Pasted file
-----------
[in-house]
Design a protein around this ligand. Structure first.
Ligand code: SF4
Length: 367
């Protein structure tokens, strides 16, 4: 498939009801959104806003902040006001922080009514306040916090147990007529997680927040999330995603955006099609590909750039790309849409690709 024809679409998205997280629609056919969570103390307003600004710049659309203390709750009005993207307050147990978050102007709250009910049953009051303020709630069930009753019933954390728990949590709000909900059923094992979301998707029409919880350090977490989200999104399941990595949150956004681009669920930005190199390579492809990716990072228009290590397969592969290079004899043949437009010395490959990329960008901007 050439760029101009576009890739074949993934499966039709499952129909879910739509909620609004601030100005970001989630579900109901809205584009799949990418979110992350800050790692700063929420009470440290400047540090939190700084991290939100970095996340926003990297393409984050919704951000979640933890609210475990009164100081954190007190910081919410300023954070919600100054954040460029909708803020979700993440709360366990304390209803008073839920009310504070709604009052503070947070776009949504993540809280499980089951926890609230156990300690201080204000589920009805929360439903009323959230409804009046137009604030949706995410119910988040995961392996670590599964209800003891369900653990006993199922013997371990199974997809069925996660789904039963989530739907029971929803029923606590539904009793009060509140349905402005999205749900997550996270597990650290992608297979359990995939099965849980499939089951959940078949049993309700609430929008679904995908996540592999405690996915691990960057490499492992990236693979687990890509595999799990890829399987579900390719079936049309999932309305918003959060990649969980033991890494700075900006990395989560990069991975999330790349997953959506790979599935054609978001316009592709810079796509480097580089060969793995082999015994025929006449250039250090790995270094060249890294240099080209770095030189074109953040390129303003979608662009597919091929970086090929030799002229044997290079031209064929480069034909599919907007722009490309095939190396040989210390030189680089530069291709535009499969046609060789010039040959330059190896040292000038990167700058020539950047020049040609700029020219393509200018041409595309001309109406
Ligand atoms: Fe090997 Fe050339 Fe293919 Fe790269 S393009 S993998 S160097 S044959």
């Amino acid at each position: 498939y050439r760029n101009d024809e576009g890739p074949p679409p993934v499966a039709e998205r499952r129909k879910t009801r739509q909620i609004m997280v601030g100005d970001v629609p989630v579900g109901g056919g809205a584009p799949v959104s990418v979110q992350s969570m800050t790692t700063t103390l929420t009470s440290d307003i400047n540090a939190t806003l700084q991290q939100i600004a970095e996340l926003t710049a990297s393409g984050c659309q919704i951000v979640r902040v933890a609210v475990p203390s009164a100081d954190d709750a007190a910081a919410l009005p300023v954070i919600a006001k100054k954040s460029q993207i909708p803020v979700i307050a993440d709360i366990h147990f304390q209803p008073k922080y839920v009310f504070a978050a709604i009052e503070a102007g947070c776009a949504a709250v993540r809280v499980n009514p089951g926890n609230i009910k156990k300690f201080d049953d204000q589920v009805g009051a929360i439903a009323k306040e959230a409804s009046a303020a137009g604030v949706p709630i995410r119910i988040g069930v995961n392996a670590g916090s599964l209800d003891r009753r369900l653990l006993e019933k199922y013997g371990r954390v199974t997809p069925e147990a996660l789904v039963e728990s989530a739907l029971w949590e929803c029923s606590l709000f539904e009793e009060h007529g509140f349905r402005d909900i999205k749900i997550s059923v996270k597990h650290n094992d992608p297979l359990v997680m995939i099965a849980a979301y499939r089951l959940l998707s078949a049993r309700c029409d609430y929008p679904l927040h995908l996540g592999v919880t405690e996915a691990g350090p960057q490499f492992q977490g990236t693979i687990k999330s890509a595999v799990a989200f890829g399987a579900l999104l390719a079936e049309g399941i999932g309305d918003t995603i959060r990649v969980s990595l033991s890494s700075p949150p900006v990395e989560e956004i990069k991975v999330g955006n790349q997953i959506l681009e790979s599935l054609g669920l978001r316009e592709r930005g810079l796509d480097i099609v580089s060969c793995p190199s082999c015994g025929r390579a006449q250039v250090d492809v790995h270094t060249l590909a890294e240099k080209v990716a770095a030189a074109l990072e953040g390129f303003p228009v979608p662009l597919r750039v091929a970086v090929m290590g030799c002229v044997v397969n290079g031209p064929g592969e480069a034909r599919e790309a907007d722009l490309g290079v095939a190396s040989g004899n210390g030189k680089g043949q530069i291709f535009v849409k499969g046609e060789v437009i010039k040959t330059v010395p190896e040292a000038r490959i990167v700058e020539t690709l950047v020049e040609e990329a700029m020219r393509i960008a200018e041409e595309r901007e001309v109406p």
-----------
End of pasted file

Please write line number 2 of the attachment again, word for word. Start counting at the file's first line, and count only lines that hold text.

Design a protein around this ligand. Structure first.